cook-housekeeper love

cook-housekeeper

Definitions

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Etymologies

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Examples

  • He has a treasure of a cook-housekeeper named Madame Annette.

    This Woman Is Dangerous

  • He has a double-size barbeque on which he had cooked first lobster _en papillote, _ delightfully prepared by Mrs. Evans, his cook-housekeeper, and then _tournedos Rossini, _ each steak delivered on its slice of fried bread, topped with a layer of foie gras, and accompanied by baked potatoes whose consistency was to dream about, and a selection of fresh vegetables.

    Ellery Queen Mystery Magazine

  • Then the cook-housekeeper, who had arrived from Roumania after the fall of Ceausescu and still couldn't believe her luck in getting out of Bucharest and falling into a job like this, came out on to the terrace.

    Autumn Maze

  • I said: "I propose to take a situation as cook-housekeeper."

    Crime On the Coast

  • I had seen a good deal of the latter, for there were always rough sketches as well as finished illustrations lying about in the room he used as a den, and very early in my term of office as cook-housekeeper he had begged me not to let Mrs Hutchinson loose in there.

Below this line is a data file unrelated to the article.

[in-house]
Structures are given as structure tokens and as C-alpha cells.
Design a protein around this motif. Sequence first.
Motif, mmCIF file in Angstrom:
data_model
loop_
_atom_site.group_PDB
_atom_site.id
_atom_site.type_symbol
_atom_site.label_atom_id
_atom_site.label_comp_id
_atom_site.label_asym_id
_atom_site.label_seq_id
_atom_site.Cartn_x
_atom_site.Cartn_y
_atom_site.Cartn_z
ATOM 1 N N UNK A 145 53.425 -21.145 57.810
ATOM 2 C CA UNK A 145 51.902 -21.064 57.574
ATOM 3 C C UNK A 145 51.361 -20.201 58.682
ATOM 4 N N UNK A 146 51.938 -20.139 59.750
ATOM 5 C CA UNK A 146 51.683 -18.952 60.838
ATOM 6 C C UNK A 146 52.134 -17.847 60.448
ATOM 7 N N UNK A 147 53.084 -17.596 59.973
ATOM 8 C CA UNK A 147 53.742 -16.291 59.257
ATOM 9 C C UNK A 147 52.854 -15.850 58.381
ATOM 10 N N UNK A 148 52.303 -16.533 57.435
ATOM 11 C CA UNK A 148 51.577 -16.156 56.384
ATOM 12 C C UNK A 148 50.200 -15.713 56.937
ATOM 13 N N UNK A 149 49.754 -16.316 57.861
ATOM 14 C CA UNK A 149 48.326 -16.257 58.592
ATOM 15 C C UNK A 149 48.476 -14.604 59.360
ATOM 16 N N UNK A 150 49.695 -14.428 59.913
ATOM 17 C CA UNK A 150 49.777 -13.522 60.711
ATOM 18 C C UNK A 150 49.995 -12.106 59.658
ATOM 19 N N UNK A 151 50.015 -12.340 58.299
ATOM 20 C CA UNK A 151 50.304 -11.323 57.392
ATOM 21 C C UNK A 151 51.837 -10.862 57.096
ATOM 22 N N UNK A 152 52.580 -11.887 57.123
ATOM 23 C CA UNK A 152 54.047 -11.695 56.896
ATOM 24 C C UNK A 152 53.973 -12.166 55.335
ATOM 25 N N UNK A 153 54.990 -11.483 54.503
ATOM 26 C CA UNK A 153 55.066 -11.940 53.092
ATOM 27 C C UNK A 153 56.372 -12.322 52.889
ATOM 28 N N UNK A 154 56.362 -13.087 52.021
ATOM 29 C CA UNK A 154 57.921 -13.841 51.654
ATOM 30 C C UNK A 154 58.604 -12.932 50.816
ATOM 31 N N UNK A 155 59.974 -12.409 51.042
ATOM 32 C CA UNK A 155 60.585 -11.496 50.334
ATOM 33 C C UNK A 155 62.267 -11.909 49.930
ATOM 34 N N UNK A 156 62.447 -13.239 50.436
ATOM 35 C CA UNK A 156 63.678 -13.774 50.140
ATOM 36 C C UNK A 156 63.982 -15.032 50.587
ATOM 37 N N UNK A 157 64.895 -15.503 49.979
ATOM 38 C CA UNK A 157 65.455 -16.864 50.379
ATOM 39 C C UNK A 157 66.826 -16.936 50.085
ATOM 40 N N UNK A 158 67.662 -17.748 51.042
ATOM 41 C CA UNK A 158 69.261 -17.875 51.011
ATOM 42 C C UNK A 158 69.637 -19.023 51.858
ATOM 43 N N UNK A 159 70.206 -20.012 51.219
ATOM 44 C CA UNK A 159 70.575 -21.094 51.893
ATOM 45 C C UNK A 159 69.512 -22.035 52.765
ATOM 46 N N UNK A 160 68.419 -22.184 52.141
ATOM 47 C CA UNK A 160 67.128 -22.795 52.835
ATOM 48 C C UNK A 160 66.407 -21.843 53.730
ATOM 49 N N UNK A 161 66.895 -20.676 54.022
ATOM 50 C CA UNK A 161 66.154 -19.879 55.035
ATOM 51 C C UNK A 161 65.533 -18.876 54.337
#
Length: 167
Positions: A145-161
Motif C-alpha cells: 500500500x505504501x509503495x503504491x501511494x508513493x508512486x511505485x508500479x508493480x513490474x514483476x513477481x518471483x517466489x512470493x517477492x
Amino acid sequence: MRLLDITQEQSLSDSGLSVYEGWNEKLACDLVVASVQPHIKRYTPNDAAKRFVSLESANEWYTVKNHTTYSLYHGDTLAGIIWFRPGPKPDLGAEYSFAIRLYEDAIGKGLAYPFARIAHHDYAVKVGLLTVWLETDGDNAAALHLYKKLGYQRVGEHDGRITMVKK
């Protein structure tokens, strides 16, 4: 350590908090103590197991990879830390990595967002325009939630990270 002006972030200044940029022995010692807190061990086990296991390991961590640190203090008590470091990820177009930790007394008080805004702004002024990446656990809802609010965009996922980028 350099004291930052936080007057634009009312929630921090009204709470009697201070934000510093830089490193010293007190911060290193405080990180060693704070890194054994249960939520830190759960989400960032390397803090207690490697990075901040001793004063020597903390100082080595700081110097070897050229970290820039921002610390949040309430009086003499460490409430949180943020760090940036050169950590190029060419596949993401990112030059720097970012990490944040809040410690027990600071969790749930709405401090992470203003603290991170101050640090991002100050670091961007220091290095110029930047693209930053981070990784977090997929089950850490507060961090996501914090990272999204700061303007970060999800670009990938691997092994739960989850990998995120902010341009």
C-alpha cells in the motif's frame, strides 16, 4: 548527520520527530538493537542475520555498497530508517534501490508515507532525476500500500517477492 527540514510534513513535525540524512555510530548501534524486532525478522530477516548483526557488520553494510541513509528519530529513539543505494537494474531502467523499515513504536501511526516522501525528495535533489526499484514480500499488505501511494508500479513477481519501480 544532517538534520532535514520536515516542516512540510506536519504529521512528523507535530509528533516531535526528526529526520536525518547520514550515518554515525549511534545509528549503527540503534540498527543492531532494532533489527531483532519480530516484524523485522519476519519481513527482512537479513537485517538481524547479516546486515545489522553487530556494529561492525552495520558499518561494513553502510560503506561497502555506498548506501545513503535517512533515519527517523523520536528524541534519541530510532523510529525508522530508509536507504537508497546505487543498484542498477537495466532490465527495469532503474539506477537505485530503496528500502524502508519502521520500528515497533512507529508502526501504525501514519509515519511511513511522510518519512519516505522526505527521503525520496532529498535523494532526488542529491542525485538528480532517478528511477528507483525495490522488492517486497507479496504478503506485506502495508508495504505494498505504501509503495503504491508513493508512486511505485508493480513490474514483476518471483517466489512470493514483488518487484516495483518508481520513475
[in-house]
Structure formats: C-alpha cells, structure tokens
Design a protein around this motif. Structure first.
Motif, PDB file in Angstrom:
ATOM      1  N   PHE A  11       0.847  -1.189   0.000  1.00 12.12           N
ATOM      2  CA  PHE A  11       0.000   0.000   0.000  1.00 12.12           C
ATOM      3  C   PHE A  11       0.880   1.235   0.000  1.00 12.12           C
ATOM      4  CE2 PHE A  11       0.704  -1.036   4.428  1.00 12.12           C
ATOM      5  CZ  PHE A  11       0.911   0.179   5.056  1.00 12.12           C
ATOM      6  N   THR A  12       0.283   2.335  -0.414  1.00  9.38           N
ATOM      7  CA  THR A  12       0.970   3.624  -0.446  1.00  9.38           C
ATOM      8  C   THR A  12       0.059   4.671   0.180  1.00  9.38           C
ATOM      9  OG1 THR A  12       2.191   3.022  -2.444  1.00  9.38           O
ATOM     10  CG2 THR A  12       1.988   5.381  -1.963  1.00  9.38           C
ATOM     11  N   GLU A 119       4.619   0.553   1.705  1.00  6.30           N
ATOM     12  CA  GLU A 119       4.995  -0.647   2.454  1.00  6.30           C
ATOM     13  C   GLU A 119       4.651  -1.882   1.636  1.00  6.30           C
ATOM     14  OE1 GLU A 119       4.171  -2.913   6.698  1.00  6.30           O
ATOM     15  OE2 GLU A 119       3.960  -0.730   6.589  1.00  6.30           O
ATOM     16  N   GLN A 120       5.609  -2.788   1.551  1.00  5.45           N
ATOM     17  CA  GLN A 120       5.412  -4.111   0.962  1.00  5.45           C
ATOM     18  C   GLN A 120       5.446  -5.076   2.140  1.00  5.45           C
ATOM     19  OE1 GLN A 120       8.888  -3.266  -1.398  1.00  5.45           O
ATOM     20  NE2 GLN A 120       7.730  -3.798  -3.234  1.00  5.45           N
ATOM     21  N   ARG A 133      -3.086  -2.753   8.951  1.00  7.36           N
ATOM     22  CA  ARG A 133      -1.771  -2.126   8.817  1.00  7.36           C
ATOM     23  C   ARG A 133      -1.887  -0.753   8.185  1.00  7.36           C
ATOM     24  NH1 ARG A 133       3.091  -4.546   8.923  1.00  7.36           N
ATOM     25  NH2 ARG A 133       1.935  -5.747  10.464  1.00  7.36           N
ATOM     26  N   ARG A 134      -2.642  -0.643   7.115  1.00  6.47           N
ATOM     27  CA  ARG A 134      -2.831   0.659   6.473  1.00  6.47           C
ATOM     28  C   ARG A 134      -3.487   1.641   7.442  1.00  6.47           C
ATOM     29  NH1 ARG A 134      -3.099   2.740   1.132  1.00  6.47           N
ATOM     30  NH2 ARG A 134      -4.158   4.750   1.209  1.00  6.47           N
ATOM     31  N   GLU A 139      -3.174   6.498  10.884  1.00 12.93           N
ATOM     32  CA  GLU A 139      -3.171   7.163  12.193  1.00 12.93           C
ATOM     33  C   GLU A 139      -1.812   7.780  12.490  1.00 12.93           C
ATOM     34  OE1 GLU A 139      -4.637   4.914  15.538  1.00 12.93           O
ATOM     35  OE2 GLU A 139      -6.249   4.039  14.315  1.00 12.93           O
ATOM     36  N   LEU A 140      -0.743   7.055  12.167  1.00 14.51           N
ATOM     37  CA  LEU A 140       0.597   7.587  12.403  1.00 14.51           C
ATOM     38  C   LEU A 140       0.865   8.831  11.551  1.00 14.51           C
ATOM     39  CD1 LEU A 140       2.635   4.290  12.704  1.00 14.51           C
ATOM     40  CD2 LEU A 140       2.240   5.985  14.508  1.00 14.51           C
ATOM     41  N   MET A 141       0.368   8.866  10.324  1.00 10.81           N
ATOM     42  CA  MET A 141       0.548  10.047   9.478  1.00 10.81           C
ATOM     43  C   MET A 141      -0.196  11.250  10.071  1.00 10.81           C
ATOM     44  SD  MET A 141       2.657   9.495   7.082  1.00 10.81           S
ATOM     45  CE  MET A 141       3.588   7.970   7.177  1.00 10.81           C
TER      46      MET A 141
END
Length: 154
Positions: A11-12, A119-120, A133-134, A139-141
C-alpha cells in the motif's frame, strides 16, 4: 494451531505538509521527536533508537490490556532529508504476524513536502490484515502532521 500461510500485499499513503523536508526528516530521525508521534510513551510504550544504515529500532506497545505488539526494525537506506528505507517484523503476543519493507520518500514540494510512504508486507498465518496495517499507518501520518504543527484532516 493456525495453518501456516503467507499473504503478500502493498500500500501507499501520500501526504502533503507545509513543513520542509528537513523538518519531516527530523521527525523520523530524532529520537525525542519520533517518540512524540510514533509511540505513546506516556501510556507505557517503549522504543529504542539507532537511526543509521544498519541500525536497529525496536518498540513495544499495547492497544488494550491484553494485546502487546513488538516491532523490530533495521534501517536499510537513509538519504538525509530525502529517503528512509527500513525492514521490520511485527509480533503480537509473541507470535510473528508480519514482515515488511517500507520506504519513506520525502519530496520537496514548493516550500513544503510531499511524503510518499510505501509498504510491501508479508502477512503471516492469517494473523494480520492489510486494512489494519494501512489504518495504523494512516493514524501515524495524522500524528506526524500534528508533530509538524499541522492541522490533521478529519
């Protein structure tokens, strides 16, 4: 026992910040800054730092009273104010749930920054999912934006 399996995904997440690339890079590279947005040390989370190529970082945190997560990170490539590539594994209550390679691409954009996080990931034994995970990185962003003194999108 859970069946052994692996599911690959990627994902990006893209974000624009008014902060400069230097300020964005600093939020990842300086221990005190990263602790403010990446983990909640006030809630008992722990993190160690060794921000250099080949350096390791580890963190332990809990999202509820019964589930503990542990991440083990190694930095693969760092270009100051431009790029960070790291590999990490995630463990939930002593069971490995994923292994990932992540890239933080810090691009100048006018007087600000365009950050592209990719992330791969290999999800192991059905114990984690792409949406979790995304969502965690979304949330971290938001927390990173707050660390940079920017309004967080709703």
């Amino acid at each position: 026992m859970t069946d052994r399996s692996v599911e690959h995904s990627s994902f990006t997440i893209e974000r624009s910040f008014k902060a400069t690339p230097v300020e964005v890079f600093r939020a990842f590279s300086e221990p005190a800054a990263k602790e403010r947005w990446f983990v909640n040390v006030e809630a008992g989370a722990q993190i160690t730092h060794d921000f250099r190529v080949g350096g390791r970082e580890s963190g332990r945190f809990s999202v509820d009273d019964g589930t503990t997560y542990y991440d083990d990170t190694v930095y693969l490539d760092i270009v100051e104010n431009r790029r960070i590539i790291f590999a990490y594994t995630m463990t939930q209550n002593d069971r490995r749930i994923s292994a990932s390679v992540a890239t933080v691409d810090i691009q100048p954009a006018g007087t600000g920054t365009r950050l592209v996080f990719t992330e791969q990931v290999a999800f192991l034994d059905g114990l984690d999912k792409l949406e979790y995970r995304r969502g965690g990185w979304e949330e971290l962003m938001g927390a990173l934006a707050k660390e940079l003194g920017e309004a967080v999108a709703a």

Crime On the Coast

  • Mrs. Moon was the cook-housekeeper, and had been with the Hiltons only a few months.

    The Mystery of the Spiteful Letters

  • Used to be the cook-housekeeper here when the Rafaels had the place.

    Ralestone Luck

  • She has been in service as cook or cook-housekeeper most of her life (she is now getting on in years), and constant preoccupation with kitchen affairs has somewhat narrowed her outlook, so that the circumvention of the butcher, whose dominant idea (she believes) is to provide her with indifferent joints, is more to her than the defeat of

    Punch, or the London Charivari, Volume 152, May 16, 1917

  • This insinuation had made Mr. Tapster very angry, and straightway he had engaged a respectable cook-housekeeper, and, although he had soon become aware that the woman was feathering her own nest, -- James Tapster, as you will have divined ere now, was fond of good workaday phrases, -- yet she had a pleasant, respectful manner, and kept rough order among the younger servants.

    McClure's Magazine, Vol 31, No 2, June 1908

  • The cook-housekeeper, majestic but kindly, came forward with outstretched hand and welcomed him volubly -- in French.

    Punch, or the London Charivari, Vol. 146, March 25, 1914

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